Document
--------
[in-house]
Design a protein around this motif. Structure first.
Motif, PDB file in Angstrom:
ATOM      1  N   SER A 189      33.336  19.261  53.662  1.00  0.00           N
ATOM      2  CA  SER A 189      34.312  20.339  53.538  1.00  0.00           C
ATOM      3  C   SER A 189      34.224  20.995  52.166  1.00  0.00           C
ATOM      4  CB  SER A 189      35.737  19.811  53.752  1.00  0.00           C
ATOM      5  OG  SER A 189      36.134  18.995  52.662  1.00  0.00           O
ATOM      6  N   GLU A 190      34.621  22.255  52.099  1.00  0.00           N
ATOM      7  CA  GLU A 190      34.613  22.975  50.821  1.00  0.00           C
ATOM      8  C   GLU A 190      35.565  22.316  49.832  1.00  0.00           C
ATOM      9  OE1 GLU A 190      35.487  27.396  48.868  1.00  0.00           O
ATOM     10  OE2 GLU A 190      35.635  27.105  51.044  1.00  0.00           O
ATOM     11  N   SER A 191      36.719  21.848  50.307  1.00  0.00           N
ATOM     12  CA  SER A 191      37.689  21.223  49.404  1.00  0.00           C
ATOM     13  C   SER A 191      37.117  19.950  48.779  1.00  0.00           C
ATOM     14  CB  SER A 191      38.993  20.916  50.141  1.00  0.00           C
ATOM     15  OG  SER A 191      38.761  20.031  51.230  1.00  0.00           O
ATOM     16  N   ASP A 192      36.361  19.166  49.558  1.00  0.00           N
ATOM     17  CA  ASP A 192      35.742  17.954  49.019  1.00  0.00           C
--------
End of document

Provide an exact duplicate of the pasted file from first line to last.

[in-house]
Design a protein around this motif. Structure first.
Motif, PDB file in Angstrom:
ATOM      1  N   SER A 189      33.336  19.261  53.662  1.00  0.00           N
ATOM      2  CA  SER A 189      34.312  20.339  53.538  1.00  0.00           C
ATOM      3  C   SER A 189      34.224  20.995  52.166  1.00  0.00           C
ATOM      4  CB  SER A 189      35.737  19.811  53.752  1.00  0.00           C
ATOM      5  OG  SER A 189      36.134  18.995  52.662  1.00  0.00           O
ATOM      6  N   GLU A 190      34.621  22.255  52.099  1.00  0.00           N
ATOM      7  CA  GLU A 190      34.613  22.975  50.821  1.00  0.00           C
ATOM      8  C   GLU A 190      35.565  22.316  49.832  1.00  0.00           C
ATOM      9  OE1 GLU A 190      35.487  27.396  48.868  1.00  0.00           O
ATOM     10  OE2 GLU A 190      35.635  27.105  51.044  1.00  0.00           O
ATOM     11  N   SER A 191      36.719  21.848  50.307  1.00  0.00           N
ATOM     12  CA  SER A 191      37.689  21.223  49.404  1.00  0.00           C
ATOM     13  C   SER A 191      37.117  19.950  48.779  1.00  0.00           C
ATOM     14  CB  SER A 191      38.993  20.916  50.141  1.00  0.00           C
ATOM     15  OG  SER A 191      38.761  20.031  51.230  1.00  0.00           O
ATOM     16  N   ASP A 192      36.361  19.166  49.558  1.00  0.00           N
ATOM     17  CA  ASP A 192      35.742  17.954  49.019  1.00  0.00           C